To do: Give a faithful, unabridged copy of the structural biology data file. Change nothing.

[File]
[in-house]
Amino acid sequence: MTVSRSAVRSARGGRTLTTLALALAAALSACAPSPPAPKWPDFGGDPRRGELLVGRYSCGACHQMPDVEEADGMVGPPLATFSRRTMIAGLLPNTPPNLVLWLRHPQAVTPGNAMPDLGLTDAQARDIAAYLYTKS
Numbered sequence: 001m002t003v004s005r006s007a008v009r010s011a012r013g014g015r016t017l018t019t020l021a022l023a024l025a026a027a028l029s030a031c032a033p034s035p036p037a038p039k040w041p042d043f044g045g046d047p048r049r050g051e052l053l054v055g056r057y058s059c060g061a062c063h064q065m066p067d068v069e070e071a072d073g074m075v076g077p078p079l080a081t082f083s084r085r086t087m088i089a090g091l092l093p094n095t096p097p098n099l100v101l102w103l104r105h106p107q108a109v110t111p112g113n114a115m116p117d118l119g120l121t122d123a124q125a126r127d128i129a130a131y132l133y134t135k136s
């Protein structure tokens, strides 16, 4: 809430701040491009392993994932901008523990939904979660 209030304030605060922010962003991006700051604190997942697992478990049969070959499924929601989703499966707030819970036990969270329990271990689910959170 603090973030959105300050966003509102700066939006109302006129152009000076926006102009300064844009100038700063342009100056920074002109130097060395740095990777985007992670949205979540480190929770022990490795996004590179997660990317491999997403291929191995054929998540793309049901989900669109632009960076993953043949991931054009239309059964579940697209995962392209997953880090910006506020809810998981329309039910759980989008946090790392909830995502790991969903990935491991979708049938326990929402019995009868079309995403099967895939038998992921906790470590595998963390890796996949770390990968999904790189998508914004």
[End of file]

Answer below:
[in-house]
Amino acid sequence: MTVSRSAVRSARGGRTLTTLALALAAALSACAPSPPAPKWPDFGGDPRRGELLVGRYSCGACHQMPDVEEADGMVGPPLATFSRRTMIAGLLPNTPPNLVLWLRHPQAVTPGNAMPDLGLTDAQARDIAAYLYTKS
Numbered sequence: 001m002t003v004s005r006s007a008v009r010s011a012r013g014g015r016t017l018t019t020l021a022l023a024l025a026a027a028l029s030a031c032a033p034s035p036p037a038p039k040w041p042d043f044g045g046d047p048r049r050g051e052l053l054v055g056r057y058s059c060g061a062c063h064q065m066p067d068v069e070e071a072d073g074m075v076g077p078p079l080a081t082f083s084r085r086t087m088i089a090g091l092l093p094n095t096p097p098n099l100v101l102w103l104r105h106p107q108a109v110t111p112g113n114a115m116p117d118l119g120l121t122d123a124q125a126r127d128i129a130a131y132l133y134t135k136s
């Protein structure tokens, strides 16, 4: 809430701040491009392993994932901008523990939904979660 209030304030605060922010962003991006700051604190997942697992478990049969070959499924929601989703499966707030819970036990969270329990271990689910959170 603090973030959105300050966003509102700066939006109302006129152009000076926006102009300064844009100038700063342009100056920074002109130097060395740095990777985007992670949205979540480190929770022990490795996004590179997660990317491999997403291929191995054929998540793309049901989900669109632009960076993953043949991931054009239309059964579940697209995962392209997953880090910006506020809810998981329309039910759980989008946090790392909830995502790991969903990935491991979708049938326990929402019995009868079309995403099967895939038998992921906790470590595998963390890796996949770390990968999904790189998508914004």